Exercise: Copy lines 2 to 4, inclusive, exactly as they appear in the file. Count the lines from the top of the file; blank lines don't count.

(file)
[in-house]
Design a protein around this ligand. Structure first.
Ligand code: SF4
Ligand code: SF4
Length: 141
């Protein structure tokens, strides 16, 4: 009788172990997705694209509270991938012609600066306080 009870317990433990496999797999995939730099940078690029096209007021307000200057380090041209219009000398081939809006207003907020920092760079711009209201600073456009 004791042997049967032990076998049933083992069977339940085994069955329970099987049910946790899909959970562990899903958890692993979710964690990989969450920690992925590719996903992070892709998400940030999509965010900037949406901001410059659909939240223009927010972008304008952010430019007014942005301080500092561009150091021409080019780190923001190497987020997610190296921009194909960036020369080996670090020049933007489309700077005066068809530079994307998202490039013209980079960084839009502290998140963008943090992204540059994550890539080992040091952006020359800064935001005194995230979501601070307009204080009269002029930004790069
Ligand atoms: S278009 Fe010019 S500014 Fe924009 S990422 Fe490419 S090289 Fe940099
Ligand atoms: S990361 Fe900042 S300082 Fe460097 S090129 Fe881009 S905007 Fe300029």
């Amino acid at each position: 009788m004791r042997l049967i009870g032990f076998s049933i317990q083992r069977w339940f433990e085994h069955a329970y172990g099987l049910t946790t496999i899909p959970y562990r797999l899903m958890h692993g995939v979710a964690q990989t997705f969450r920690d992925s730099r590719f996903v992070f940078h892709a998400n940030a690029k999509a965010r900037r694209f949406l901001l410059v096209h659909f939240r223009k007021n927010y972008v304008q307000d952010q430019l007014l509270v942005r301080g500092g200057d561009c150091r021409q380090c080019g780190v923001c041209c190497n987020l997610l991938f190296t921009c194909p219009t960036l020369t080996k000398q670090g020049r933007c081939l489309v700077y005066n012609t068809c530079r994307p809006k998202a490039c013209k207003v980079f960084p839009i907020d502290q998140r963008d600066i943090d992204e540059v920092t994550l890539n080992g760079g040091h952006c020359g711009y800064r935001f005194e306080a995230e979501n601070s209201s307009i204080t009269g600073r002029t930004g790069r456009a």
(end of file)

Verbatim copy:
Design a protein around this ligand. Structure first.
Ligand code: SF4
Ligand code: SF4